Aortic arch anomalies are of particular relevance in the identification of patients with a vascular ring and resultant airway compromise. The importance of correct recognition of a vascular ring lies in the therapeutic approach—a complete ring can be treated with surgical intervention with hopeful resolution of symptoms of airway obstruction. For this reason, a complete delineation of aortic arch anatomy and its branching pattern is essential to the evaluation. Although the diagnosis is straightforward in the setting of a double aortic arch (Fig. 38.20, Video 38.6), it may be more challenging in other settings, in which case the key to diagnosis is the identification of the ligamentum arteriosum, which in some situations may be calcified. This finding allows the assessment of aortic arch anomalies better by CT imaging, given the superior spatial resolution and the ability of this modality to identify calcific lesions.
Pulmonary Artery Anomalies
Morphologic assessment of the pulmonary arteries can be performed by using either CTA or MRI. However, by using phase contrast imaging MRI can quantify total pulmonary blood flow (Qp) and differential pulmonary blood flow to both the lungs. Anomalous origin of the right pulmonary artery from the aorta and pulmonary artery hypoplasia can be assessed in MPR images followed by 3D reconstructions. Assessment of the branch pulmonary arteries in multiple planes is important especially for ribbon-like stenoses. Both branch pulmonary arteries can be assessed from their origin to their distal arborization. The assessment of the proximal segment of left pulmonary artery by CTA or MRI is particularly useful as it lies in a blind spot for transesophageal echocardiography. In the case of aortic origin of the right pulmonary artery, postoperative assessment by CTA or MRI can reveal stenosis at the reimplantation site of the right pulmonary artery.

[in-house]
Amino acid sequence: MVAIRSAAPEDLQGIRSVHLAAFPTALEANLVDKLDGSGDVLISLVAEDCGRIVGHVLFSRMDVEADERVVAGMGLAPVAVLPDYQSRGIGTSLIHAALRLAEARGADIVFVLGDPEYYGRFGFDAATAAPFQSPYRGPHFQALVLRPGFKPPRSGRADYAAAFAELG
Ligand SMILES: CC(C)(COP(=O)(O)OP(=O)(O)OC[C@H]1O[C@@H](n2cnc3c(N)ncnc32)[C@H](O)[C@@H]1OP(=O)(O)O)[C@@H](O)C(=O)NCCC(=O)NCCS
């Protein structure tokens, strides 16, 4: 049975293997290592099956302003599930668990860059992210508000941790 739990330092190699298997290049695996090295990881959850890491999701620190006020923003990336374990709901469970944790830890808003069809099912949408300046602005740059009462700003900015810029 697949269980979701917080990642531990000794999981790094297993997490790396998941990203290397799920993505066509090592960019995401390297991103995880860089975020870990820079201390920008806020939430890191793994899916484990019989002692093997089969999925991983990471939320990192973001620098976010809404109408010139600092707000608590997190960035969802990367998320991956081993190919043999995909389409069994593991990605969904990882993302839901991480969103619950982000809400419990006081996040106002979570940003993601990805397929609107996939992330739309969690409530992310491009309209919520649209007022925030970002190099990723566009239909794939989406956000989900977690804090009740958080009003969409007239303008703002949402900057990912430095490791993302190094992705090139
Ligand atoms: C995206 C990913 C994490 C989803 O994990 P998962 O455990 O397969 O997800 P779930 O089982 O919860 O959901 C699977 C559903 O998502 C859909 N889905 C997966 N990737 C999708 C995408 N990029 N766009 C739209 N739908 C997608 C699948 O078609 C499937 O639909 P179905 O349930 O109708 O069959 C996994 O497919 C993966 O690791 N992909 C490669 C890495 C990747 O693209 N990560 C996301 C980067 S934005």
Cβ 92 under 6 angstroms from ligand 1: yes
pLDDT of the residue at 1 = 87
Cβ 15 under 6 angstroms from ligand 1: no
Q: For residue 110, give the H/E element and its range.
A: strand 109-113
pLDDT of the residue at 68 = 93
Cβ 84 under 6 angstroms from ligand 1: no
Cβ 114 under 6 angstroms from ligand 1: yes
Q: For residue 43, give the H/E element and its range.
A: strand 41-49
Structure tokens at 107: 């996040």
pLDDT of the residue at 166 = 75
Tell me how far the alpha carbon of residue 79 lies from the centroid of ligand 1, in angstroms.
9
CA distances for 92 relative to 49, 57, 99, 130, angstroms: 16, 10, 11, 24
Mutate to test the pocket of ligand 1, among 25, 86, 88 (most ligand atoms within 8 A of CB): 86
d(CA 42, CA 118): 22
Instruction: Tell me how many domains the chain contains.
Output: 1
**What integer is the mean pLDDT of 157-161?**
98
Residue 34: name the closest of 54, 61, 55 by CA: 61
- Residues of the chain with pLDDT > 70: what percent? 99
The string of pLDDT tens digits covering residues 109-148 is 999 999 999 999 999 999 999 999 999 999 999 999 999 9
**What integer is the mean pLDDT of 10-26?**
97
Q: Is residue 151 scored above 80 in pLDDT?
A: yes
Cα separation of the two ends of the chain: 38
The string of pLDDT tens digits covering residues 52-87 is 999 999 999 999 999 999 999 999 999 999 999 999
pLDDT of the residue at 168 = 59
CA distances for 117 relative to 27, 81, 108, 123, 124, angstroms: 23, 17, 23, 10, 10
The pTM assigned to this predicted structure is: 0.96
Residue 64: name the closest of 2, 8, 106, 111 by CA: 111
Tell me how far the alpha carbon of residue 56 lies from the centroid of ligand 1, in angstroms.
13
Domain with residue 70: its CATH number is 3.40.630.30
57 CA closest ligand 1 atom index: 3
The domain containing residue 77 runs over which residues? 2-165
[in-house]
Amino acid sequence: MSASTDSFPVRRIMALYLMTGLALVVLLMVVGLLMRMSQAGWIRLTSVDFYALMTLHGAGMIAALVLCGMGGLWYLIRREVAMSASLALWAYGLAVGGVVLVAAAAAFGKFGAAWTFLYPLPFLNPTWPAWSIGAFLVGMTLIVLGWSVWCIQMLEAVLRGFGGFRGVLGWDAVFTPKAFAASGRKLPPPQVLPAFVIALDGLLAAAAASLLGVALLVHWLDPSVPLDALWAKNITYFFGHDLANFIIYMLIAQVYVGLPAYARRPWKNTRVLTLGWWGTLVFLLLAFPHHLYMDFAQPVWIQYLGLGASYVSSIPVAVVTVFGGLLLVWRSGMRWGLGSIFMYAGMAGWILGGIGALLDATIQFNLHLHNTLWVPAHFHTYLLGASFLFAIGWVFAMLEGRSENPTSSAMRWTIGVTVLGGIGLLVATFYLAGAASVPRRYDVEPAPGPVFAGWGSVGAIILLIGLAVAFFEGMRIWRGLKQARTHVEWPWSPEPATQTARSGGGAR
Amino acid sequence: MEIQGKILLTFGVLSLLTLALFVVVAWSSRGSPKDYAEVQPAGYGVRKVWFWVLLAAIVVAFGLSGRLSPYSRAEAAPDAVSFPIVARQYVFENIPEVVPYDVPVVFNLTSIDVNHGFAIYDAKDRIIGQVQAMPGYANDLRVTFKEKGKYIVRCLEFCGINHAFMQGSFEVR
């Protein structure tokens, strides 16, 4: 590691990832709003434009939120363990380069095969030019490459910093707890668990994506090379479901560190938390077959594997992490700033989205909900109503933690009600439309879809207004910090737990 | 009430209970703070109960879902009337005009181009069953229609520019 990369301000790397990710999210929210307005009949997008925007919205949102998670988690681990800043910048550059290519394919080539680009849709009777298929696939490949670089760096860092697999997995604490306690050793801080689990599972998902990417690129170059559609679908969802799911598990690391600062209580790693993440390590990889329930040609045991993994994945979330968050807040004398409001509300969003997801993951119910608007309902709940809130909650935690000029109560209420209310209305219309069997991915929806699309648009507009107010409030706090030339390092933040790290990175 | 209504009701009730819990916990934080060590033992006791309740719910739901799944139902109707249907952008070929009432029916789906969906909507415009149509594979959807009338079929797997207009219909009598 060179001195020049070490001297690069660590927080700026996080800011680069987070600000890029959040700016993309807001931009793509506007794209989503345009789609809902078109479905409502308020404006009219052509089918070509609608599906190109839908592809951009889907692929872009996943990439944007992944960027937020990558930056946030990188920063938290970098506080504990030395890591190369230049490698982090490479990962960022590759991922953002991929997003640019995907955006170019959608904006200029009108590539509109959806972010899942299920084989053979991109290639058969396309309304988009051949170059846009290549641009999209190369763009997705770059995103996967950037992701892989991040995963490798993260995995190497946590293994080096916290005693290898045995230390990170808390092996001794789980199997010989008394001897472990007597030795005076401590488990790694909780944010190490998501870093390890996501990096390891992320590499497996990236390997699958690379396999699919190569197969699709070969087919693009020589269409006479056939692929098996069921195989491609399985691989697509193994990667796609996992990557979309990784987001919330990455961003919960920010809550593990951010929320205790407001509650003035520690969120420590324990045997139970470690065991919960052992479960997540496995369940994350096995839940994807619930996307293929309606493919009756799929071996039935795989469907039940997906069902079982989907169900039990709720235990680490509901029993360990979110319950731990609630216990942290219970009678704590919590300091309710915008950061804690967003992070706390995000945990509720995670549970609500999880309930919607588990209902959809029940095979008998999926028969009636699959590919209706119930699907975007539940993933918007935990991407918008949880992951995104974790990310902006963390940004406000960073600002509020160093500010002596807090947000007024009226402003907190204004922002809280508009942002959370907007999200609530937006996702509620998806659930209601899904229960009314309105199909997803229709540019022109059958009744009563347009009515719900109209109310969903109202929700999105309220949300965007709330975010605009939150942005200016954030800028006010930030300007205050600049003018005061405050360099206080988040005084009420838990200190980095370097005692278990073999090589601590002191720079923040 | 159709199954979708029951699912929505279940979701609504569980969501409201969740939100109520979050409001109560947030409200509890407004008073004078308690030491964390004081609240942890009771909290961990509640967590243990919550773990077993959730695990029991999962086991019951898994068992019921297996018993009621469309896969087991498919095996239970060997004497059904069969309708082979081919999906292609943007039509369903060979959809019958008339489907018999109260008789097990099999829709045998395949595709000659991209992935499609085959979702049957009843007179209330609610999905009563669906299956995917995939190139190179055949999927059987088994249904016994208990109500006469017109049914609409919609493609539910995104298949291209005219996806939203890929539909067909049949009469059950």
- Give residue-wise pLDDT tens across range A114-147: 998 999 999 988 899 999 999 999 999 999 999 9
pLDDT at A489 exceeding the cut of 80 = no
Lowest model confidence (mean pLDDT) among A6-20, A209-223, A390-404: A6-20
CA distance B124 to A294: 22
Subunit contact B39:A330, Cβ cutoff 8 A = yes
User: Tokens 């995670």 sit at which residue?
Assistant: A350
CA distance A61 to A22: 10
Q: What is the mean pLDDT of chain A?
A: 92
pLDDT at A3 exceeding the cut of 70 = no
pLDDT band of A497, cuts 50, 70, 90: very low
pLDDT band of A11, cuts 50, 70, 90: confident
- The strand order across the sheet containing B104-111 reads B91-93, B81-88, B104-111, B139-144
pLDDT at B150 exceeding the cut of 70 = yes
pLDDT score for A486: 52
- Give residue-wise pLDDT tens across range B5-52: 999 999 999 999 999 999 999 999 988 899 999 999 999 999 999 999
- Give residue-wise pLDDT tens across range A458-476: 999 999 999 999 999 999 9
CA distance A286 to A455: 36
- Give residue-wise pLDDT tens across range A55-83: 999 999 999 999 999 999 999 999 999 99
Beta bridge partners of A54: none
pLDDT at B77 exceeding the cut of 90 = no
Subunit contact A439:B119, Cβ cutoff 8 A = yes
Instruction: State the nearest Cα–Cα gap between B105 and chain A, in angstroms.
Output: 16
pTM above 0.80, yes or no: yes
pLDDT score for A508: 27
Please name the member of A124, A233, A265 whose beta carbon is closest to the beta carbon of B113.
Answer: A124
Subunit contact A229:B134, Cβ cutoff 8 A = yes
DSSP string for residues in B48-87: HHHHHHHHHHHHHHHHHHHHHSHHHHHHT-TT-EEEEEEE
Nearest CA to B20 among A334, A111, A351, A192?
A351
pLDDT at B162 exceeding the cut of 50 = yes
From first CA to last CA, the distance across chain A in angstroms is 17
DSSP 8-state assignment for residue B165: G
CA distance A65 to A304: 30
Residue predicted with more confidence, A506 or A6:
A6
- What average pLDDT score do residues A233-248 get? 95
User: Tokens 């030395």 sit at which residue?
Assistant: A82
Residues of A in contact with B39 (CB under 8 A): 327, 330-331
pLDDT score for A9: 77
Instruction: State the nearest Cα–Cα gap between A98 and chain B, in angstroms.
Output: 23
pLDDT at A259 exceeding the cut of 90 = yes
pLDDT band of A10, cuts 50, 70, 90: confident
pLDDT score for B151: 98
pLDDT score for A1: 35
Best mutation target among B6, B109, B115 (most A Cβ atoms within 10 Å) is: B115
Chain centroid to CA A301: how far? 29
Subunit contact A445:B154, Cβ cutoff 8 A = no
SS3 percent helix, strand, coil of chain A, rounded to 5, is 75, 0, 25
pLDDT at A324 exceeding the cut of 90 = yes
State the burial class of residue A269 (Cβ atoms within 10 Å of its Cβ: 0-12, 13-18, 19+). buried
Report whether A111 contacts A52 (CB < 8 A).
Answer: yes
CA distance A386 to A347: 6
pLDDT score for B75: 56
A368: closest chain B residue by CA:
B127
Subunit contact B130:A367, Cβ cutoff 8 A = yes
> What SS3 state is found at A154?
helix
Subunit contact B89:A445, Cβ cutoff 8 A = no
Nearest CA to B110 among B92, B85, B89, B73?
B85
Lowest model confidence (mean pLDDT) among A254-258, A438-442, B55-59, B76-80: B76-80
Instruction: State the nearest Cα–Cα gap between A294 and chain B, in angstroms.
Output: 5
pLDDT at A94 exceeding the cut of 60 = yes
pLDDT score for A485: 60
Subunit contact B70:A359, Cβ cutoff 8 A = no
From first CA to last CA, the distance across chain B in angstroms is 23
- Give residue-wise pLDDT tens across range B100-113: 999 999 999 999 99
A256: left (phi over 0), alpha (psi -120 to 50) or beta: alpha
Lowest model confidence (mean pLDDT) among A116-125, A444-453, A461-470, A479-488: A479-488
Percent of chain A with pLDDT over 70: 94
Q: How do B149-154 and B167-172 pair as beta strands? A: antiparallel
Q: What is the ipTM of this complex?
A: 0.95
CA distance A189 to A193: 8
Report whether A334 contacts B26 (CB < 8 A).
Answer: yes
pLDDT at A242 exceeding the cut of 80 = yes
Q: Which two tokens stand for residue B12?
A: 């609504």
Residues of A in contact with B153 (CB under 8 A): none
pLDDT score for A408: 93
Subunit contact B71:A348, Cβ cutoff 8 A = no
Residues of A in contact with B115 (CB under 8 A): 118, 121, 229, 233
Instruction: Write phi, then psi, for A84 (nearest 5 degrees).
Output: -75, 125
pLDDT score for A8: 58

Figure 38.18. Coarctation of aorta. Computed tomographic angiogram of aorta in a patient with coarctation (arrow). A: Maximum intensity projection in an oblique plane. B: Volume-rendered 3D reconstruction in the same orientation (see Video 38.5). Image plane orientation is specified by the cube in right lower corner.
Figure 38.19. Time-resolved three-dimensional gadolinium imaging. Top: Four phases of flow after a gadolinium injection in this sagittal view of a patient with an ascending-to-descending aortic conduit (C) for coarctation of the aorta. As the panels progress (left to right), the flow of gadolinium is seen to flow from the right superior vena cava (SVC) and right atrium (left) to the pulmonary arteries (PA) (second from left) to the aorta (Ao) and conduit (second from right) and then back to the superior vena cava (right). Bottom: Volume-rendered images obtained from this series of images. Left: Aorta, coarctation, and conduit in a sagittal view. If the pulmonary phase and the arterial phase are combined, a volume-rendered image of the entire heart is created as in the right three panels (third from right, anterior view; second from right, sagittal view looking from the left; right, off-axis sagittal view looking from the right). The course of the conduit and its relationship to various structures are clearly seen. Ao, aorta; C, conduit.